This is the fifth in a series of blogs that focus on sections of Demisto’s State of SOAR Report, 2019. You can read the other blogs by visiting the links below:
About the Report
Demisto commissioned a study with 552 respondents to find out specific challenges at each stage of the incident response lifecycle, how current product capabilities help overcome these challenges, and what capabilities are missing within security products today.
Defining the Security Incident Response Lifecycle
Every security team has its own set of security tools, competencies, common use cases, and compliance requirements. One of the few common threads that weaves across all these elements is the steps followed while responding to a security incident.
We defined the security incident response lifecycle as a continuous and cyclical process of incident ingestion and enrichment, incident management, deeper investigation, enforcement of response actions, performance measurement, and the adoption of lessons learnt to improve operational efficiency going forward.
Below, we will use phishing response as an example to outline each step in the lifecycle. This is merely illustrative; each lifecycle step can have more actions than the ones listed below.
Incident ingestion and enrichment: The email gets forwarded by a concerned employee to the organization’s quarantine mailbox. The security team studies the email and checks the reputation of indicators attached to the email (sender name and address, IP, domain, etc.).
Case management: The security team opens a ticket to capture the status for the phishing email. They mail the end user, confirming receipt of the forwarded phishing email. They add notes and comments to record their findings from the incident, measure SLAs for each step of investigation and response, and generate reports once the incident is resolved.
Incident investigation: The suspected phishing email has a PDF attachment. The security team detonates this file using a malware analysis tool and captures the results. They also check whether other end users were affected by the same phishing email, or emails that look like they’re part of the same phishing campaign.
Response and enforcement: Based on the data gathered during enrichment and investigation, the security team decides that the email is a verified phishing attempt. They send an email to the end user with this update, delete the email from all inboxes they can find, add IOCs to dynamic blocklists, and update the ticket assigned to the phishing email.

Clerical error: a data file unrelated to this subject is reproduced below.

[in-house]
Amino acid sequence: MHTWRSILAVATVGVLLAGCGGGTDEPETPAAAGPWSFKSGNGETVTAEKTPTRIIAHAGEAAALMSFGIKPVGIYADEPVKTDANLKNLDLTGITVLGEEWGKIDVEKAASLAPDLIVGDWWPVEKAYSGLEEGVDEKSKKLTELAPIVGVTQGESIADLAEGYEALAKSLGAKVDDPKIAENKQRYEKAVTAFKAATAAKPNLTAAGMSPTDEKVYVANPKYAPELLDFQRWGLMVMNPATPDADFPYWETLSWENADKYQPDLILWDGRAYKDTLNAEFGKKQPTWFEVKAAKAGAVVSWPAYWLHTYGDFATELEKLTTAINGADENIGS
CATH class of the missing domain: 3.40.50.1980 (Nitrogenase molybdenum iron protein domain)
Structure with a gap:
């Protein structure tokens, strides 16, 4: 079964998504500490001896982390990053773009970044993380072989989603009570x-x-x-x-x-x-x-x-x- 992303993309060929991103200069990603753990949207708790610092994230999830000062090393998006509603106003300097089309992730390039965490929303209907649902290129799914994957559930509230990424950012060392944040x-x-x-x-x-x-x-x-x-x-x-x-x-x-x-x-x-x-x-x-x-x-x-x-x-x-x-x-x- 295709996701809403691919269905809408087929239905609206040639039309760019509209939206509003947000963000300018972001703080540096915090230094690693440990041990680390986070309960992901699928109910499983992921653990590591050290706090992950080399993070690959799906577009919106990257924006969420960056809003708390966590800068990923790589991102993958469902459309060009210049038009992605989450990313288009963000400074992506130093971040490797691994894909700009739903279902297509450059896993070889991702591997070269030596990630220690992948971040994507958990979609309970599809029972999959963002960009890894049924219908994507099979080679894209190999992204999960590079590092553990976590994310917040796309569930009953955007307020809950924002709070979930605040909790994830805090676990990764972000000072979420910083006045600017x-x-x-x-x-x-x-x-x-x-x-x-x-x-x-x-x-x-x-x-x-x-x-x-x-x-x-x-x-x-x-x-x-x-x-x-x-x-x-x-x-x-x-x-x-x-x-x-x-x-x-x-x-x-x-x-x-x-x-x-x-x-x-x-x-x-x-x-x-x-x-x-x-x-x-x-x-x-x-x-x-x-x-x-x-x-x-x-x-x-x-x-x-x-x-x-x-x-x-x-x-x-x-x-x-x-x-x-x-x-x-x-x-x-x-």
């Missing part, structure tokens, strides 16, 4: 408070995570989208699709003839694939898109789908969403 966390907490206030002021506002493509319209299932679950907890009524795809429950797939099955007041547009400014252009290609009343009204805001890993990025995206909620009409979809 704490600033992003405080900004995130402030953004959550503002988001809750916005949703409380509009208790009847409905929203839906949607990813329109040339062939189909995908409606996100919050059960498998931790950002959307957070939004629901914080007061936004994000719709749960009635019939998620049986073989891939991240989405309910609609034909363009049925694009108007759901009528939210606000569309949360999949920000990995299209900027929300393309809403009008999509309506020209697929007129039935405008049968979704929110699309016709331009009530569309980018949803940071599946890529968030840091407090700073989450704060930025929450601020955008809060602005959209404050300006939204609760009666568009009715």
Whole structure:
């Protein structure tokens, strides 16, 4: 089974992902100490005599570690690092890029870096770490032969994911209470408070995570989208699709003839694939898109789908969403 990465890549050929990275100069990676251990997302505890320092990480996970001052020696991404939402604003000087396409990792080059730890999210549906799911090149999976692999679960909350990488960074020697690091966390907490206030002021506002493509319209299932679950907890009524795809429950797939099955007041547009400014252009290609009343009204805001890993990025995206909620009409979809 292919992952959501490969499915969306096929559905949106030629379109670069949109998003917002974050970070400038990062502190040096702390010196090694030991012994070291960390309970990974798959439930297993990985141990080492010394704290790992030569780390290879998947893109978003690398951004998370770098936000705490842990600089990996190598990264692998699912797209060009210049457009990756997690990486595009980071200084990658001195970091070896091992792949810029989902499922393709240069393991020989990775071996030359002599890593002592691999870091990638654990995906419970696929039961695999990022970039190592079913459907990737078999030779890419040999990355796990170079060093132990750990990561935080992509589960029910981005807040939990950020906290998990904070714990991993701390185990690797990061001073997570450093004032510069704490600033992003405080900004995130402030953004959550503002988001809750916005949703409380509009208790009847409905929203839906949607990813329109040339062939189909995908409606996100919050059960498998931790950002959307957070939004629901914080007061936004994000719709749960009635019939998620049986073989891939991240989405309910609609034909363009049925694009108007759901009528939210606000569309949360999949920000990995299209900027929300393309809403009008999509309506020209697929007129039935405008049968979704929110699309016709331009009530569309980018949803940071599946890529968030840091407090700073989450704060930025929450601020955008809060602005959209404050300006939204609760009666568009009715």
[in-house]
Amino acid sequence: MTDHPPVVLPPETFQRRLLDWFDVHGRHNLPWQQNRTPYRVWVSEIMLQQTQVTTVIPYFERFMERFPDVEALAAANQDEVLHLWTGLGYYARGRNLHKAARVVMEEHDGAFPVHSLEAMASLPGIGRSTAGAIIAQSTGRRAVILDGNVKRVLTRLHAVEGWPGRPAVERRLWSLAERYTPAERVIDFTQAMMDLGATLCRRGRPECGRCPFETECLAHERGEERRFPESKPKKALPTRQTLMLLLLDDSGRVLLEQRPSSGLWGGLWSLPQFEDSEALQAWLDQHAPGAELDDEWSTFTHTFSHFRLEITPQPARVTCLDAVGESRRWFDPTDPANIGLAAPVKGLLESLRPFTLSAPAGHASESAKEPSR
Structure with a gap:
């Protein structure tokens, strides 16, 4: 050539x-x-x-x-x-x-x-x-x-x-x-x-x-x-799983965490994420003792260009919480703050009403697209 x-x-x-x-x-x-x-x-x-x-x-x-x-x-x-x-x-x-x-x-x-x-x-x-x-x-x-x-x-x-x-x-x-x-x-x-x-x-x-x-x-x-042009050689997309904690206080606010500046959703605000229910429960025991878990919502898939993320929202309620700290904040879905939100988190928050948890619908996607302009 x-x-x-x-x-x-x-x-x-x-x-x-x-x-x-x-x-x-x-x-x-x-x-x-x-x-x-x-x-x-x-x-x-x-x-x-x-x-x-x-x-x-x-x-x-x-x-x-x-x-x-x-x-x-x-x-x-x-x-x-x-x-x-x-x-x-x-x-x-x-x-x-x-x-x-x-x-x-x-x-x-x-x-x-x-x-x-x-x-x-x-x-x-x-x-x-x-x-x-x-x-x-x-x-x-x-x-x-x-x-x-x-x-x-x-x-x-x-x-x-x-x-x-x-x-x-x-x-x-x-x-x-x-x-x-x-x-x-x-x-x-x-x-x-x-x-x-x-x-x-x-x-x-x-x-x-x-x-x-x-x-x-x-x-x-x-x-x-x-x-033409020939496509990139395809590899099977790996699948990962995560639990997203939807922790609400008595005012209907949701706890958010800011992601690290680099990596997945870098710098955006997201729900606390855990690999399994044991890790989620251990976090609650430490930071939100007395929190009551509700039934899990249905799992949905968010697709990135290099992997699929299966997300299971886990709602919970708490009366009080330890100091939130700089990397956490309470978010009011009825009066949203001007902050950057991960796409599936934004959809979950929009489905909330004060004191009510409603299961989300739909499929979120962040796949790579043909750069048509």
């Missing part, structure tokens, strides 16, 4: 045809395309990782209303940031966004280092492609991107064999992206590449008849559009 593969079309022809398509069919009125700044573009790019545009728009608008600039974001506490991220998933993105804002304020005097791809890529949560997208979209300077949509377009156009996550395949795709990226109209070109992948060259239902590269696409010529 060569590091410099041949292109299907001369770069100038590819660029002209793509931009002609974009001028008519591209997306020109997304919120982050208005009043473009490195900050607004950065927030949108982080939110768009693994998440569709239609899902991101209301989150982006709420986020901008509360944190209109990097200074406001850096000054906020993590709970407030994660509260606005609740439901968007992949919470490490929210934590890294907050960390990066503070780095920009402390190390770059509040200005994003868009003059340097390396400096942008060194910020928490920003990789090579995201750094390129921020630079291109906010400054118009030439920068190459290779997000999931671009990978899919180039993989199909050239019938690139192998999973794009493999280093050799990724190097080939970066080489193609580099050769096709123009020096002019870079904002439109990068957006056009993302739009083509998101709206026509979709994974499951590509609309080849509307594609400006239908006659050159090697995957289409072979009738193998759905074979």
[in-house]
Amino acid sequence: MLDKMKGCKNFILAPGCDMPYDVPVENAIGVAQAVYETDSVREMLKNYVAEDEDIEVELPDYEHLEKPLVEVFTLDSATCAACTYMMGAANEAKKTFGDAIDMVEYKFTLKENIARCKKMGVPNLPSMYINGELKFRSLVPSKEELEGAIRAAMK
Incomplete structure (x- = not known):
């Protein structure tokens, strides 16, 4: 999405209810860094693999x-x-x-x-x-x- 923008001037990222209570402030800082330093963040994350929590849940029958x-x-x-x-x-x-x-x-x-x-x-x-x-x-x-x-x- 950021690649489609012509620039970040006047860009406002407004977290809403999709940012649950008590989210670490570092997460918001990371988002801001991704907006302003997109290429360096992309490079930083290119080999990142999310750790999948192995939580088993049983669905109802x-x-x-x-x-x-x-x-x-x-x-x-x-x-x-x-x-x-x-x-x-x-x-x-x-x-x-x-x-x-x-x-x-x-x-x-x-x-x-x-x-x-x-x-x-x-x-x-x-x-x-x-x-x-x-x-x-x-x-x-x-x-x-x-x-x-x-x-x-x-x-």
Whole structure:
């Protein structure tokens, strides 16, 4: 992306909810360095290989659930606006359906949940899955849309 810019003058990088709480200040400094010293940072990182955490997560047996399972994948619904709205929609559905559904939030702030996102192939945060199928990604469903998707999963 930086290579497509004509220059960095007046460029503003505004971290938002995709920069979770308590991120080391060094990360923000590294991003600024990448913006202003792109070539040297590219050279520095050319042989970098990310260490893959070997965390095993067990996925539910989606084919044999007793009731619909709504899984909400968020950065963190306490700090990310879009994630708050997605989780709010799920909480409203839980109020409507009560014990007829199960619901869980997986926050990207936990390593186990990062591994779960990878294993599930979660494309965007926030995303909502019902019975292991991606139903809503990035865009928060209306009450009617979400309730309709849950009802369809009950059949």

Performance measurement: The security team measures the Mean Time to Respond (MTTR) to the phishing incident and checks whether this time is within organizational SLA requirements. They also hold a debrief to discuss lessons learned from this incident: which actions were useful, which actions took the most time, and how they can better respond to similar incidents in the future.
Once incident triage has been completed, an attack investigation usually requires additional tasks such as pivoting from one suspicious indicator to another to gather critical evidence, drawing relations between incidents, poring over logs, and finalizing resolution.
Common Tools Used
We asked respondents what tools they commonly used for incident investigation.
Figure 1: Common tools used for incident investigation
SIEM tools occupied pole position in the results (Figure 1), with 66% of respondents citing them as critical consoles for investigation. Endpoint Detection and Response (EDR) tools and Network Traffic Analysis (NTA) tools also ranked well, selected by 63% and 53% of respondents respectively.
We can infer from these results that attackers leave breadcrumbs across sources. SIEMs, EDR tools, and NTA tools all ranked well for investigation, implying that attacks usually have unique signatures at different levels of security (the network level, the endpoint level, and so on). Unfortunately, it’s left to security teams to manually piece together data across these sources and create an overall picture of the attack.
Wish List of Capabilities
For incident investigation, we asked respondents to highlight product capabilities their tools possessed and create wish lists of capabilities their tools lacked.
Around 60% of respondents cited an ‘evidence board’ and ‘attack reconstruction’ as abilities they needed but currently lacked (Figure 2). Since investigation is usually a time-consuming and tool-spanning process, respondents also desired a common platform for cross-team investigation (53.54%) and automated remote execution of actions across security tools (52.36%).
Figure 2: Tool capabilities and wish lists for incident investigation
The common thread running across all these wished-for capabilities is the presence of disparate security tools that lack inter-connectivity. Security tools often provide unique value, but if these individual tool utilities don’t coalesce into a unified whole, security teams are left needing to cross-reference data across tools and lend structure to their chaotic investigations.
Stay tuned for more in-depth blogs on the State of SOAR Report, 2019. If you’re interested in learning more about SOAR, you can download our eBook – Security Orchestration for Dummies – below.